Home for the Holidays
“In My Father’s House are many rooms… and I go there to prepare a place for you, that where I am, you may be also.” — The words of Jesus from the Gospel of John, Chapter 14
The classic Christmas tale “The Little Match Girl” by Hans Christian Andersen is a sad story, yet the light of hope still burns brightly for the forlorn little waif who desperately misses her grandmother during the holiday season. All alone in the bitter cold of night just before the new year, she strikes match after match and each one warms her heart as well as her hands. We read:
“Still the lights of the Christmas tree rose higher and higher. She saw them as stars in heaven, and one of them fell, forming a long trail of fire.
"Now someone is dying," murmured the child softly; for her grandmother, the only person who had loved her and who was now dead, had told her that whenever a star falls a soul mounts up to God.
She struck yet another match against the wall, and again it was light; and in the brightness there appeared before her the dear old grandmother, bright and radiant, yet sweet and mild, and happy as she had never looked on earth.”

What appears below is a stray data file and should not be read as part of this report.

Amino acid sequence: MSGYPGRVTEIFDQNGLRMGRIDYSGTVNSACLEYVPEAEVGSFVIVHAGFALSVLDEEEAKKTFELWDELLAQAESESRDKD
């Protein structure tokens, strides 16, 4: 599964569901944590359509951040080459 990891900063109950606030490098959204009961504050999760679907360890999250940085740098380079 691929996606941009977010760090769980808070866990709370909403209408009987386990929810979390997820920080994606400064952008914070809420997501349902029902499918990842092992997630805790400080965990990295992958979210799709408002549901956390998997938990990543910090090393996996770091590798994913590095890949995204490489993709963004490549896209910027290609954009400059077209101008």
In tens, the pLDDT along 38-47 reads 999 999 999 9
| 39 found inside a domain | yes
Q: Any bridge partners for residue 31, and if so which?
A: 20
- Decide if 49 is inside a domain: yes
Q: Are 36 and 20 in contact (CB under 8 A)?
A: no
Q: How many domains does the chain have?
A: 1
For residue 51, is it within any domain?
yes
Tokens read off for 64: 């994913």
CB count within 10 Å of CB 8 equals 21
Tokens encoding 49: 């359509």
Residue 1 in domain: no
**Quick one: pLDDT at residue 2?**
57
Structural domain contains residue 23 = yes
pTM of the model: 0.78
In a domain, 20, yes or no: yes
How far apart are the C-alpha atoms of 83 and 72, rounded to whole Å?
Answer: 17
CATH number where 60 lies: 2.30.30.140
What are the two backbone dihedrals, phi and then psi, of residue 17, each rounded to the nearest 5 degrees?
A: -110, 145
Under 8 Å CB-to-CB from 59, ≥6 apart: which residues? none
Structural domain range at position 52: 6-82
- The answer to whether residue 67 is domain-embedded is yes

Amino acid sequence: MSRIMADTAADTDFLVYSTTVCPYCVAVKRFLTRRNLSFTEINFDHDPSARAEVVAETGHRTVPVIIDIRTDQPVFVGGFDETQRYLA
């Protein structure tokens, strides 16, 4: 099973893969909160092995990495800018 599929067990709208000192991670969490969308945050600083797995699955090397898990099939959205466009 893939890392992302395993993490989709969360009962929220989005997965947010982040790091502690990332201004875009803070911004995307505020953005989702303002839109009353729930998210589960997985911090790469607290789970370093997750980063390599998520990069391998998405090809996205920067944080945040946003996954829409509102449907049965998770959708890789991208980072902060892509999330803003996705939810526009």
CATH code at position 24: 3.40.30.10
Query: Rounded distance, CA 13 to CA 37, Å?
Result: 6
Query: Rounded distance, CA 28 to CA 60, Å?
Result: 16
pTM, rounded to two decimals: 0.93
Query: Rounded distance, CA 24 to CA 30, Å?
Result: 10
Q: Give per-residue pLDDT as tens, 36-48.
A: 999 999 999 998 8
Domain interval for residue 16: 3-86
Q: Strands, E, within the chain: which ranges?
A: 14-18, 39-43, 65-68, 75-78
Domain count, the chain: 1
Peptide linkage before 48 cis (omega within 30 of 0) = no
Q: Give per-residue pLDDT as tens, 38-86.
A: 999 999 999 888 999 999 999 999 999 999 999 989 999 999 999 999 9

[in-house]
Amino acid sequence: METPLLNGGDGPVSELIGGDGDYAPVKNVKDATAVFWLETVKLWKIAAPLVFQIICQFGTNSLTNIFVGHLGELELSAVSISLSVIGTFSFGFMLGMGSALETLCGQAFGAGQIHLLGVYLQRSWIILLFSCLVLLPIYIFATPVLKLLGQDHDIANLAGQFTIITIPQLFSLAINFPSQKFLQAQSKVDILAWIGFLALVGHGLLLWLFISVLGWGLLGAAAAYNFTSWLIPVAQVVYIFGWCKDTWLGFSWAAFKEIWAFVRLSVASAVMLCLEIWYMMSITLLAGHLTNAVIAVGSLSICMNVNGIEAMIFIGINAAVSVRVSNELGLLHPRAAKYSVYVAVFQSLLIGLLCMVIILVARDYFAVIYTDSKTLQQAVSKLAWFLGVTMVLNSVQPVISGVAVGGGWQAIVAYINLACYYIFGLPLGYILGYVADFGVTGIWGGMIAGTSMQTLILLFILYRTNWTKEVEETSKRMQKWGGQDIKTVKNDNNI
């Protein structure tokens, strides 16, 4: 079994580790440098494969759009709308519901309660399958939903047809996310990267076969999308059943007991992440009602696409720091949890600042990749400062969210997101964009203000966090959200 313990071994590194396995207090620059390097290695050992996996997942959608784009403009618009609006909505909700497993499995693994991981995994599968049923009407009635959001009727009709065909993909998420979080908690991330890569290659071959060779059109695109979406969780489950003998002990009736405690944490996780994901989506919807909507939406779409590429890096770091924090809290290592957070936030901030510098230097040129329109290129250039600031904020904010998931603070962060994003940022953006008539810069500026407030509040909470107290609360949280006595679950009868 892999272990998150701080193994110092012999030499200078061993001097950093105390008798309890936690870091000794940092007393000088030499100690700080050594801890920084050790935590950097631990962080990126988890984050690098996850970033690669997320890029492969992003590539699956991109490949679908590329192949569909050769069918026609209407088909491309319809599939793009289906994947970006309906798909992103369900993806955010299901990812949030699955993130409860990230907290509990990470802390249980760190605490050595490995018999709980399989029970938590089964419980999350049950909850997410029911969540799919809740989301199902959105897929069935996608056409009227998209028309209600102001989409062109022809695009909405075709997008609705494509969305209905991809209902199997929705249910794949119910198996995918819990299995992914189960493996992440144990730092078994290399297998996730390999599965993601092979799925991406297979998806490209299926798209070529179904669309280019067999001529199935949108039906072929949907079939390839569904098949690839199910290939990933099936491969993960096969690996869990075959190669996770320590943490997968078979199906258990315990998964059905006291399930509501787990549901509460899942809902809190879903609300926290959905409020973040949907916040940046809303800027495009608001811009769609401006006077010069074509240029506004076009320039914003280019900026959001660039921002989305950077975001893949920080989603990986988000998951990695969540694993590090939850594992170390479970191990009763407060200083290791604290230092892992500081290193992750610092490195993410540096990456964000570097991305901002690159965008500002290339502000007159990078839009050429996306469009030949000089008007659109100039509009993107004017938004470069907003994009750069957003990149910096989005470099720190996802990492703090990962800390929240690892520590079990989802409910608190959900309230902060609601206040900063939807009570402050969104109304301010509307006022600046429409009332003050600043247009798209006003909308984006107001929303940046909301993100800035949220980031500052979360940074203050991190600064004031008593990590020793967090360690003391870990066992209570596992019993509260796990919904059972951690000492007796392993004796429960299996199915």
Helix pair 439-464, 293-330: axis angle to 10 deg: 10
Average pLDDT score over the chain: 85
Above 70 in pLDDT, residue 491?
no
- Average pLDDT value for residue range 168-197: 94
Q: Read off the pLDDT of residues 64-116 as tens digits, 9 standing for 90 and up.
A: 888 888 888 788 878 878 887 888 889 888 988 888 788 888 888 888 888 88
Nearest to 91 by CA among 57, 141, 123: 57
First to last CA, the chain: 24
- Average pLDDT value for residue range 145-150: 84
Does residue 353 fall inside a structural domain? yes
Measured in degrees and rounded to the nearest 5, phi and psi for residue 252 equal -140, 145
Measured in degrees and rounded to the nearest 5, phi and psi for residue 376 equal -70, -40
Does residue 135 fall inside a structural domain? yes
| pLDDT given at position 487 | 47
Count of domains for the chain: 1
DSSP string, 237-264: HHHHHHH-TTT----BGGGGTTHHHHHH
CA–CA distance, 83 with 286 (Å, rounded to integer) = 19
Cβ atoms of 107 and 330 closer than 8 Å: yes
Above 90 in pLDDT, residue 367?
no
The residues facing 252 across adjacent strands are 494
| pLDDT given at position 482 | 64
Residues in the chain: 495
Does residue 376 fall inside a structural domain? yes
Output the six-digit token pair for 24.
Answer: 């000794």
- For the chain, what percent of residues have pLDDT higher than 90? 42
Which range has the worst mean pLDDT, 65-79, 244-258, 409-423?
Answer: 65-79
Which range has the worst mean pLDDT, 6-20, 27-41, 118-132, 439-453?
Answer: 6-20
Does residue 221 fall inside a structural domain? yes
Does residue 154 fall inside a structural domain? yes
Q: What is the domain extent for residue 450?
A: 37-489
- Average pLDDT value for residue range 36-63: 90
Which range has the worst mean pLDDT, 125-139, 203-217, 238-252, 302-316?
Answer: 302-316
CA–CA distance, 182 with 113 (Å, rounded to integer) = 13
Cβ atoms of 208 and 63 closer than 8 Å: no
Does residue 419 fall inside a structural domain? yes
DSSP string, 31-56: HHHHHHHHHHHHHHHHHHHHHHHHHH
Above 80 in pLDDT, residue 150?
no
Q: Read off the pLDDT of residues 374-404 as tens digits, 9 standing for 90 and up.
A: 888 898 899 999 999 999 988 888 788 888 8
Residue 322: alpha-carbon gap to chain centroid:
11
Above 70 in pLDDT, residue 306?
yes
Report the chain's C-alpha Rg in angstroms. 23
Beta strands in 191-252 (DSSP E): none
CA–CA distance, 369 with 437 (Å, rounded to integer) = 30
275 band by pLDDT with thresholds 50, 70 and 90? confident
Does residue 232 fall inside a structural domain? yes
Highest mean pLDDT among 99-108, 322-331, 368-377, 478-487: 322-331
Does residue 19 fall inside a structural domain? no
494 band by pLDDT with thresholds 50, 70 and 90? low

Not everyone is full of cheer during the holidays. Dealing with the death of a loved one, facing life after divorce or separation, coping with the loss of a job, living with cancer or some other disease that puts a question mark over the future, and a number of other human situations make parties and joviality painful for many people. But there is always light and hope for people living through dark times.
The Geminid meteor shower is filling the evening sky with lights this week. It will last until the 16th. At its peak, you may see up to a hundred shooting stars an hour. Why not take time to go outside this evening, to look up and discover a hundred bright reasons to find hope at this time of year.
You are invited to a Blue Christmas service at Harbor Church on Dec. 21, at 5 p.m. Come and listen to some great blues music by Cameron Greenlee. Come and openly acknowledge where you really are. Come and find warmth of heart, comfort and hope. This special service falls on the Winter Solstice, and is designed to bring light on the longest night of the year.
No one knows for sure what the life after this life may be. The facts will always be inconclusive. Faith is required. Yet faith never supplants reason; reason supplements faith by providing a rational basis for believing in something more. The miracle of the incarnate essence of God in the Christ Child is just the beginning of a reasonable belief in the hope of life eternal.
We won’t all be home for the holidays, but the hope of Christmastime is that someday we will all be together again once more.
May you find hope and holiday blessings wherever you are.